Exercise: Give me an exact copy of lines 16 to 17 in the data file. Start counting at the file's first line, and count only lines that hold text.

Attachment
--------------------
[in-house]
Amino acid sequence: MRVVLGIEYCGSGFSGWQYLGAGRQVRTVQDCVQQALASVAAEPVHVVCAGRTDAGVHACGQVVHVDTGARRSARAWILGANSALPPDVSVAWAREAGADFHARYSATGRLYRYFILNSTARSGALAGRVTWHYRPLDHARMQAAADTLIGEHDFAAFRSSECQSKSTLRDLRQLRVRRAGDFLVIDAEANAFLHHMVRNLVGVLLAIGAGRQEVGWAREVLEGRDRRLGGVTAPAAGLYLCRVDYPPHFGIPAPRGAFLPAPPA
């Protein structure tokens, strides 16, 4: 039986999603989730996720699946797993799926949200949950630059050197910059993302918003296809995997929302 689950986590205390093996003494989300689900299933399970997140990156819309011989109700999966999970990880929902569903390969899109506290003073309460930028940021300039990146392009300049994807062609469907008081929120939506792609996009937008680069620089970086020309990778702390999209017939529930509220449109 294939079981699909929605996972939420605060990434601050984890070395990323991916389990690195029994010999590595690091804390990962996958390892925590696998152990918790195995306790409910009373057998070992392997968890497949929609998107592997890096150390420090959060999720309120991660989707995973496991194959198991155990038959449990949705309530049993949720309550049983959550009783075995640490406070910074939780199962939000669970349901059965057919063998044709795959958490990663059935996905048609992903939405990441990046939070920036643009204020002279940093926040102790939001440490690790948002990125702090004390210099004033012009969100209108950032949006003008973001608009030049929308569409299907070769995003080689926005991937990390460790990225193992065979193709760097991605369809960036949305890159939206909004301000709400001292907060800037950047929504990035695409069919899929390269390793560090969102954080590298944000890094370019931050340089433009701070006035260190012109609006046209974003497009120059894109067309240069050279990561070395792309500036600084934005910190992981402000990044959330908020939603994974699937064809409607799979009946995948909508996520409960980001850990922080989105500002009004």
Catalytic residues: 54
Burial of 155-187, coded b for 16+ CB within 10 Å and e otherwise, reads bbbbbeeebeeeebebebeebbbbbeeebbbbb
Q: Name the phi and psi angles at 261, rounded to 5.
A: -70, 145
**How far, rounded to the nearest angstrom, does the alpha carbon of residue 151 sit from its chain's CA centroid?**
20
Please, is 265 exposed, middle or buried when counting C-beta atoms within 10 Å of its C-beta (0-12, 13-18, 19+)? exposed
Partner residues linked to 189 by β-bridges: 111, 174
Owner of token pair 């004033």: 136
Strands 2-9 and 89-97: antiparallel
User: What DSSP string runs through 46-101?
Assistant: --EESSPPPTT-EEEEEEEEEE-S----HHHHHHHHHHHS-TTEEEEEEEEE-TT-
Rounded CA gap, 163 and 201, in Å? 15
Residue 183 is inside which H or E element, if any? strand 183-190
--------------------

Rounded CA gap, 163 and 201, in Å? 15
Residue 183 is inside which H or E element, if any? strand 183-190